3. How do I get the prior express consent of the called party? Once again, the FCC has made the answer to this question unnecessarily complicated.

For many years the law was that consent could be obtained through various means. It could be oral; it could be in writing; it could be through a text message call to action. Even the provision of a cellphone number in a context where the consumer would expect to be called was deemed adequate consent. Then the FCC adopted new regulations that distinguish between calls that introduce an advertisement or amount to telemarketing, on one hand, and those that are purely informational, on the other. The consent rules remain the same for purely informational calls, but effective October 16, 2013, with limited exceptions, consent for marketing/advertising calls require “prior express written consent,” now defined as:

An agreement, in writing, bearing the signature of the person called that clearly authorizes the seller to deliver or cause to be delivered to the person called advertisements or telemarketing messages using an automatic telephone dialing system or an artificial or prerecorded voice, and the telephone number to which the signatory authorizes such advertisement or telemarketing messages to be delivered.

(i) The written agreement shall include a clear and conspicuous disclosure informing the person signing that:

(A) By executing the agreement, such person authorizes the seller to deliver or cause to be delivered to the signatory telemarketing calls using an automatic telephone dialing system or an artificial or prerecorded voice; and

(B) The person is not required to sign the agreement (directly or indirectly), or agree to enter into such an agreement as a condition of purchasing any property, goods, or services.

(ii) The term “signature” shall include an electronic or digital form of signature, to the extent that such form of signature is recognized as a valid signature under applicable federal law or state contract law.6

This clear and conspicuous agreement is not so hard to obtain if you collect consumer information via a webform. It’s much harder (although not impossible) to obtain via text message, a recorded telephone conversation, or by asking a consumer at a retail checkout desk if they want to sign up for special text offers.

Even if you obtain proper consent, there still is risk of TCPA liability. That’s because cell phone numbers are turned in and reassigned all the time. Some courts have concluded that “the prior express consent of the called party” means the prior express consent of the person actually called. If that’s so, then there is risk of a TCPA lawsuit any time a person who gave consent changes cell phone numbers and the old number is reassigned to a new user. Acknowledging this problem, the FCC has issued two notices of proposed rulemaking to consider a database of reassigned cell phone numbers, similar to the Do Not Call Registry, that businesses could use to try to avoid accidentally calling or texting a reassigned cell phone number. The FCC is even considering a TCPA safe harbor for entities that utilize the database. But for the time being, even companies that obtain prior express written consent to send text messages, with all the required disclosures, are at risk of TCPA litigation.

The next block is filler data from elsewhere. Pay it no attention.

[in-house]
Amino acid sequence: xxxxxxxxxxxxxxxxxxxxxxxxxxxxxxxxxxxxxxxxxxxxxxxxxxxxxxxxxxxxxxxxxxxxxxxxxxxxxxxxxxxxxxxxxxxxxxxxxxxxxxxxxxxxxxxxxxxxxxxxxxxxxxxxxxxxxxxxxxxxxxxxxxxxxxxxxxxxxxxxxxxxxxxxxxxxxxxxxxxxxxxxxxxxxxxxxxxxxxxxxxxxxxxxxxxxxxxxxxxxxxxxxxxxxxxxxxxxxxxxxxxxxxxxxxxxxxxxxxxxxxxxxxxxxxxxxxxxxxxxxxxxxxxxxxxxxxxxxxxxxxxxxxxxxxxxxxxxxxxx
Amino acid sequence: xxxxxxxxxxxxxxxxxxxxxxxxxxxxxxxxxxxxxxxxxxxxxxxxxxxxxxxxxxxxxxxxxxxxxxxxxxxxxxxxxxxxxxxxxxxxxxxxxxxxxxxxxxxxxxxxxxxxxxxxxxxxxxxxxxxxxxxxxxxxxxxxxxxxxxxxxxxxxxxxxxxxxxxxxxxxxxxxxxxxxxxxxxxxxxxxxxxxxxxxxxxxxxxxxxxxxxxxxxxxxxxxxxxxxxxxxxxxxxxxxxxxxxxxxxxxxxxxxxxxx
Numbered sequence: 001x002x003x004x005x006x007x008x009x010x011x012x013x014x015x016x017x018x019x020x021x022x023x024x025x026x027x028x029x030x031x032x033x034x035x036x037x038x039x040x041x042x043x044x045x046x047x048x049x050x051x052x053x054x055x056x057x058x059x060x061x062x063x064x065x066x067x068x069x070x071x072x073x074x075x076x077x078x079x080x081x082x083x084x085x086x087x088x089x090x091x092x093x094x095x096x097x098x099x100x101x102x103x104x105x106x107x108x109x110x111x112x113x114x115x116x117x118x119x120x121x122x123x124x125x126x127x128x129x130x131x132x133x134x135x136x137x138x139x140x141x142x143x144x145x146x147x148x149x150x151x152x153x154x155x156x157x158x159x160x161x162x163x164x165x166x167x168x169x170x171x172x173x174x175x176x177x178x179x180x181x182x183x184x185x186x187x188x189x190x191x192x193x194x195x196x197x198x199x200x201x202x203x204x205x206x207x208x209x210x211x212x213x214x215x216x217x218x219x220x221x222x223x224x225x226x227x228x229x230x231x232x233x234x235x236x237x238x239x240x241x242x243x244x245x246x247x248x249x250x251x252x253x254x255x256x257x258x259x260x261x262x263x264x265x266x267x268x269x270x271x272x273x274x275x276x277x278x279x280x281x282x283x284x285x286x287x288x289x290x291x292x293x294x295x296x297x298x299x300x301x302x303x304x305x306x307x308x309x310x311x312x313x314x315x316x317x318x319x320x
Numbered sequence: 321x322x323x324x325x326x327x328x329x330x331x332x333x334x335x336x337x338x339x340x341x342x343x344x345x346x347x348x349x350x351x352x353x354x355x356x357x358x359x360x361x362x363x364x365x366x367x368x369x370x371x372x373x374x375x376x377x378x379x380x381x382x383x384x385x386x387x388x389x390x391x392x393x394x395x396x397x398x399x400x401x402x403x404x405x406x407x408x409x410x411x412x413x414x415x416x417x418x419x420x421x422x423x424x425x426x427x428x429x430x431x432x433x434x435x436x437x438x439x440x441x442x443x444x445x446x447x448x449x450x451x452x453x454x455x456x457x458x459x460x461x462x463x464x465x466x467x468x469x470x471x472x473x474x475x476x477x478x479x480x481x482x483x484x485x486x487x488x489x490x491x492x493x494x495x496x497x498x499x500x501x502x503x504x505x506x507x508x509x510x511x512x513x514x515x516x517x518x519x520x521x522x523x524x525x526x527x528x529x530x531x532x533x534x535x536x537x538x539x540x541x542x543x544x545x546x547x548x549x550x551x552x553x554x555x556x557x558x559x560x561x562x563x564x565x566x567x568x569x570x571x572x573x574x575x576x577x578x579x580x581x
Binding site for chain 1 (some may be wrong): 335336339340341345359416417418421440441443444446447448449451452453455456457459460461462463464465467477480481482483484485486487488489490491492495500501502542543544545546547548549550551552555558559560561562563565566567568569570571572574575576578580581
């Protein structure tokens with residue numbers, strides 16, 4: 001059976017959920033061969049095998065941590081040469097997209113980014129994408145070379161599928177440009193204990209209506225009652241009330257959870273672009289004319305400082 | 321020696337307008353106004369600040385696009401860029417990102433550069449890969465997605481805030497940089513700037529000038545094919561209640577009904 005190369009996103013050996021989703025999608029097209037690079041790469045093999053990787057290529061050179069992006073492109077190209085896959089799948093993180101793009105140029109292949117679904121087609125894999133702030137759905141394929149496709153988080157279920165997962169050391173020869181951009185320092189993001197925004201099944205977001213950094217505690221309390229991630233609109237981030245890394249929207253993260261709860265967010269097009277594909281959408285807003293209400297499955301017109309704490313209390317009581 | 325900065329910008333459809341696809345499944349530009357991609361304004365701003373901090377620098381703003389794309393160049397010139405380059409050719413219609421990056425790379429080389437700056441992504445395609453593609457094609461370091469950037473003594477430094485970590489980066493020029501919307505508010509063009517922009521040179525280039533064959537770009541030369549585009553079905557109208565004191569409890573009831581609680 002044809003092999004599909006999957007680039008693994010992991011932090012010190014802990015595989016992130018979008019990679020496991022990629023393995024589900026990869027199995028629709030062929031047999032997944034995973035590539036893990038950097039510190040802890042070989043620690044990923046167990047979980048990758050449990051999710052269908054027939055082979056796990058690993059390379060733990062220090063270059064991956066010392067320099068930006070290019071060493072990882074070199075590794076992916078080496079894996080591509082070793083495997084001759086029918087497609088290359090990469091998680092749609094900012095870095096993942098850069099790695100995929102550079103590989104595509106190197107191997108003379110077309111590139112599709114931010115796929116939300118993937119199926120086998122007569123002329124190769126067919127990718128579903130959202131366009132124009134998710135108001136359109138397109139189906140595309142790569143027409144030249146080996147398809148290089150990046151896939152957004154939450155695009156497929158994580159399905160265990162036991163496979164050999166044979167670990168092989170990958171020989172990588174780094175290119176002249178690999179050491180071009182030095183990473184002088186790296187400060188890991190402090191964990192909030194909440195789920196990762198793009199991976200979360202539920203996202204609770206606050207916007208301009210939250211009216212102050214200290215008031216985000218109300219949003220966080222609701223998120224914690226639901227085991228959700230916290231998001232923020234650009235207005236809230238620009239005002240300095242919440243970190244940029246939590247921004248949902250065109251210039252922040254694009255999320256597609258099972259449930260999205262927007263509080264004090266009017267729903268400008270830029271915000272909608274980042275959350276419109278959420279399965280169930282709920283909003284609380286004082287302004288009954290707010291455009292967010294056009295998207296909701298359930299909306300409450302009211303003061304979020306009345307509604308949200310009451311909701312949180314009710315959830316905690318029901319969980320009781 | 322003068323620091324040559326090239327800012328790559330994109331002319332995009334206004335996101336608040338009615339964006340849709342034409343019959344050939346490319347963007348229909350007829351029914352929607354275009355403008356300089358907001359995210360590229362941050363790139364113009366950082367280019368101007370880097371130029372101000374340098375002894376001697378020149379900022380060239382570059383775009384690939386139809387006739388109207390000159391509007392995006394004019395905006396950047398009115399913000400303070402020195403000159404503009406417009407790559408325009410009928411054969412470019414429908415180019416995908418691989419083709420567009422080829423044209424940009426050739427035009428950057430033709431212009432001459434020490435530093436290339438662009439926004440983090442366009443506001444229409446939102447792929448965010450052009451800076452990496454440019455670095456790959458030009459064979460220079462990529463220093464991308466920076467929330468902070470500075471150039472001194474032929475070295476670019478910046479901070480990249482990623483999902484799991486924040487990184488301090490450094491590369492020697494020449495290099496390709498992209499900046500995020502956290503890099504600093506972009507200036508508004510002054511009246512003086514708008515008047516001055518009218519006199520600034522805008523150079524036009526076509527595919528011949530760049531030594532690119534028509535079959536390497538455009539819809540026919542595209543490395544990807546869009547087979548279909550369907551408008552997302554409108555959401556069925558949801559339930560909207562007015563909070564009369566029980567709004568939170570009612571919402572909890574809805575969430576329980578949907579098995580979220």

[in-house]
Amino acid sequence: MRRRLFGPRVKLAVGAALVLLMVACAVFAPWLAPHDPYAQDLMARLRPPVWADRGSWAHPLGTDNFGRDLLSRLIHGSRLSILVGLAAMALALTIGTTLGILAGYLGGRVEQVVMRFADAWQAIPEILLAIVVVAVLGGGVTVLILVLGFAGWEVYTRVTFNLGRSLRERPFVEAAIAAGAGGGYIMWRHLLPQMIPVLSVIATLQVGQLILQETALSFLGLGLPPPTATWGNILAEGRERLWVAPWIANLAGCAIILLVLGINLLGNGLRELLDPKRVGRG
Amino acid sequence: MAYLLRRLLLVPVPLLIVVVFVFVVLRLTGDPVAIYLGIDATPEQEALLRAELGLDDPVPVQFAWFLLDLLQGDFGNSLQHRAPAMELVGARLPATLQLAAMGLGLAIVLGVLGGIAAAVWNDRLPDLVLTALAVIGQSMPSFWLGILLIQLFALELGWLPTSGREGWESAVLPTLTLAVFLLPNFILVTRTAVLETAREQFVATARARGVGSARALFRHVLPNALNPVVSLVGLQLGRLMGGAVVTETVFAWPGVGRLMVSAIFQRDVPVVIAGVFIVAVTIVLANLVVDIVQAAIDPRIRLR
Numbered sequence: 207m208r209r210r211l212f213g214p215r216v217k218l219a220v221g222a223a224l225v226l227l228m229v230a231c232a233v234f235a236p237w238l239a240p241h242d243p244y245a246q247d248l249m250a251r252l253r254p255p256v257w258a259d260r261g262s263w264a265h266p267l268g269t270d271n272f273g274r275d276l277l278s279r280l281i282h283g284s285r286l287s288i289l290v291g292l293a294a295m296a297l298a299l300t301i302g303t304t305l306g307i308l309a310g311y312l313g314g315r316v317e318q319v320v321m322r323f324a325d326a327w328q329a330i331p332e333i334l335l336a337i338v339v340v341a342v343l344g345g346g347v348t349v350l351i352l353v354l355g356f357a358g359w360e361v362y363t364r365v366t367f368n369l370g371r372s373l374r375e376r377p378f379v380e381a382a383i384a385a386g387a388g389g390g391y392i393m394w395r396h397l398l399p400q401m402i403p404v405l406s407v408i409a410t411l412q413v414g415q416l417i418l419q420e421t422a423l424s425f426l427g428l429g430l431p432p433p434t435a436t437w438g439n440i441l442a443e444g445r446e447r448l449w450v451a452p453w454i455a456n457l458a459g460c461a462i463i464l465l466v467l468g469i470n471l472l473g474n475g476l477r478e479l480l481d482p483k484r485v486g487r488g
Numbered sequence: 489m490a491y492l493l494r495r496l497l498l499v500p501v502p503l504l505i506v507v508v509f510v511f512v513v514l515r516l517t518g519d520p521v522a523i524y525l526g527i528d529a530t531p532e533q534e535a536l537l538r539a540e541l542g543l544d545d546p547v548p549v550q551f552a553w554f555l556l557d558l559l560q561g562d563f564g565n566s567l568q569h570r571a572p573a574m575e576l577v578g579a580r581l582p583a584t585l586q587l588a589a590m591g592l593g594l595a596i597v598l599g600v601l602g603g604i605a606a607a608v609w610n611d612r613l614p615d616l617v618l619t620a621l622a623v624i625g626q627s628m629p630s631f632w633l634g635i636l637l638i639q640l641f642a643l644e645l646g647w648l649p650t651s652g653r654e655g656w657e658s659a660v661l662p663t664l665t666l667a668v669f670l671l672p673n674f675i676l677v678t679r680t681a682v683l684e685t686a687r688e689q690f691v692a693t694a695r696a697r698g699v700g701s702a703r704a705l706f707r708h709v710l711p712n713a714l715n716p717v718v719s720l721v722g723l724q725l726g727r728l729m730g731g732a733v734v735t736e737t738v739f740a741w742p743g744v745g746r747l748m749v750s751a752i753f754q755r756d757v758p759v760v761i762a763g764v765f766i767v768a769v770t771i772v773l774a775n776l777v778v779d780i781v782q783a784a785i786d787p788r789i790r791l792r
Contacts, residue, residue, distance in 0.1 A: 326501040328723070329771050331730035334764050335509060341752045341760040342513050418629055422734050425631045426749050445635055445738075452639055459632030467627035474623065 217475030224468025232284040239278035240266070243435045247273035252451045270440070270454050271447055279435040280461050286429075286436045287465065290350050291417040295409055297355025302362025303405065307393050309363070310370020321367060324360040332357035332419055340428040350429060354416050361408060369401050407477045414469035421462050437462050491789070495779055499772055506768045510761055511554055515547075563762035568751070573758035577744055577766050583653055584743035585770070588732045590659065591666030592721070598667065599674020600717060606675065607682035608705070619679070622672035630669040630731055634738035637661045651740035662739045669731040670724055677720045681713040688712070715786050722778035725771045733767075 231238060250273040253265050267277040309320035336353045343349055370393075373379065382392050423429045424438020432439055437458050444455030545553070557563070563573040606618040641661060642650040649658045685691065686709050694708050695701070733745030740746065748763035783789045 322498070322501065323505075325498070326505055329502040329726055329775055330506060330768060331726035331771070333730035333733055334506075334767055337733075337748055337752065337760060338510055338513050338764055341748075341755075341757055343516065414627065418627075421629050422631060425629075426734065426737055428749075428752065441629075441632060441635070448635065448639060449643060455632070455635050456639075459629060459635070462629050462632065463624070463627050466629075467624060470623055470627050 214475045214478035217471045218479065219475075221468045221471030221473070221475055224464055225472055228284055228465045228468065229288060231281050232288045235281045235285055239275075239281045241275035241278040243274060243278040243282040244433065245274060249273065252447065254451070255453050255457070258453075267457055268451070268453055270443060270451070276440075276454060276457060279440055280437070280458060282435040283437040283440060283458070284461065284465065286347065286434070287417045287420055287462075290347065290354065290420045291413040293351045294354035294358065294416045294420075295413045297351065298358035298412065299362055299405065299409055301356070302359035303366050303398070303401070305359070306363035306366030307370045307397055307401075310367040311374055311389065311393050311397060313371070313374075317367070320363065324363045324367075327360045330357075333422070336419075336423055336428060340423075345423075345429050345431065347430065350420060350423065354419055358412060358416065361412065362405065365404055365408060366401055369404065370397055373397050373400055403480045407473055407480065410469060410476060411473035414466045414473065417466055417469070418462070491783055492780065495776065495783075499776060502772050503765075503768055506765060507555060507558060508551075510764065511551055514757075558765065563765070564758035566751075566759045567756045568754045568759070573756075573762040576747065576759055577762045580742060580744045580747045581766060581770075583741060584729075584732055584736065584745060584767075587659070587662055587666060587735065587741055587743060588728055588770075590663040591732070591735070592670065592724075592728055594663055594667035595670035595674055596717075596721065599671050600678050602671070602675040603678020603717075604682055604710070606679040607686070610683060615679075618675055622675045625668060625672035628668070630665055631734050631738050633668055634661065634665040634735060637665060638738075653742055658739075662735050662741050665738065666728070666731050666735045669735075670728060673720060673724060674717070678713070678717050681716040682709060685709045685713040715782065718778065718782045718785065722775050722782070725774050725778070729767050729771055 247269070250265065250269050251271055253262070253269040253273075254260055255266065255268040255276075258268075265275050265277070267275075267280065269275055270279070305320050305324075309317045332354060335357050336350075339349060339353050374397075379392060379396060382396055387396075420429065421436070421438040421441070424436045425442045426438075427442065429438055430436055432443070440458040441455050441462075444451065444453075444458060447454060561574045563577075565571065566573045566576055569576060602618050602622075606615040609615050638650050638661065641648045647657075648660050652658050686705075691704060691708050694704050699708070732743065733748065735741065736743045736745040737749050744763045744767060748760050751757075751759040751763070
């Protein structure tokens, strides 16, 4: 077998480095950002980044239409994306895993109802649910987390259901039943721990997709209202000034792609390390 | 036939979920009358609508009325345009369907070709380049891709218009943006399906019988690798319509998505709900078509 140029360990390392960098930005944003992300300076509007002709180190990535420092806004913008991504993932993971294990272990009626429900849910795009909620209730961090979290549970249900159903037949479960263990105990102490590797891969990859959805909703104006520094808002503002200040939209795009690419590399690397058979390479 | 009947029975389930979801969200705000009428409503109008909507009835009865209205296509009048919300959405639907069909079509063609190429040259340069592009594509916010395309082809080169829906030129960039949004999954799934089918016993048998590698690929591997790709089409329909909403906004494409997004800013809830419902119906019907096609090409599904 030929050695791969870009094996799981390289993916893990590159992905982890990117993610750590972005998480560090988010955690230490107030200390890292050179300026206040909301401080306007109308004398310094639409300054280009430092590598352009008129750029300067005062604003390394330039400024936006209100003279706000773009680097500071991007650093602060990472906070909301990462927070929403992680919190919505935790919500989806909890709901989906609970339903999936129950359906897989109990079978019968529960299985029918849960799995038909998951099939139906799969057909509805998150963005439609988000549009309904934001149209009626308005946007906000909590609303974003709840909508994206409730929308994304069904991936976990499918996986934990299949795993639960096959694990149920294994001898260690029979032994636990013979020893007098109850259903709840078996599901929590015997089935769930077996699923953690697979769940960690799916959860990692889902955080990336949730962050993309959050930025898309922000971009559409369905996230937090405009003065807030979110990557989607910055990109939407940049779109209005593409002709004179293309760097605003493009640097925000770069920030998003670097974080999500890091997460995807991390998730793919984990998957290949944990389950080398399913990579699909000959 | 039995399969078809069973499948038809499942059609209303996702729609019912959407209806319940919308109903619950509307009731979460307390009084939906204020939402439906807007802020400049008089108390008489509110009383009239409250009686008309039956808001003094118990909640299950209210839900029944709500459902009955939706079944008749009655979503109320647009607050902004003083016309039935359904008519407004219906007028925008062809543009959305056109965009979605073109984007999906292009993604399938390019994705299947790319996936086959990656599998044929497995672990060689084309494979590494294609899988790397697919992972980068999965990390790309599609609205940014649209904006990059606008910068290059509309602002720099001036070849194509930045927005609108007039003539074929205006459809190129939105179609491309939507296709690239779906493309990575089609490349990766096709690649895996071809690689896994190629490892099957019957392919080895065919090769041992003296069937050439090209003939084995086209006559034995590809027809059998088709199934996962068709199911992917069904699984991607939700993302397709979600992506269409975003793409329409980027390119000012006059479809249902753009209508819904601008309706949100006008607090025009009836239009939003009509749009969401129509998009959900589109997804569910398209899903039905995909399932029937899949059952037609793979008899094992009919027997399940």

In sum, while the need for businesses to communicate with consumers by text message is great, so are the legal risks. Many of those risks can be mitigated or eliminated entirely through compliance strategies. Others hopefully will be eliminated as the courts and the FCC continue addressing the TCPA. In the meantime, whether to text or not to text is a business decision that should take into account the legal risks and the ways to minimize them.

1 47 U.S.C. § 227

2 Id. § 227(b)(1)(A)(3).

3 Some plaintiffs’ lawyers have argued that text messages are “artificial or prerecorded voice” calls, so they are subject to the TCPA even if no autodialer is used. Multiple courts have rejected that argument. Some states, however, prohibit advertising texts with limited exceptions, regardless of the nature of the equipment used to send them.

4 47 U.S.C. § 227(a)(1).

5 ACA Int’l v. FCC, No. 15-1211 (D.C. Cir. March 16, 2018).

6 47 C.F.R. 64.1200(f)(8).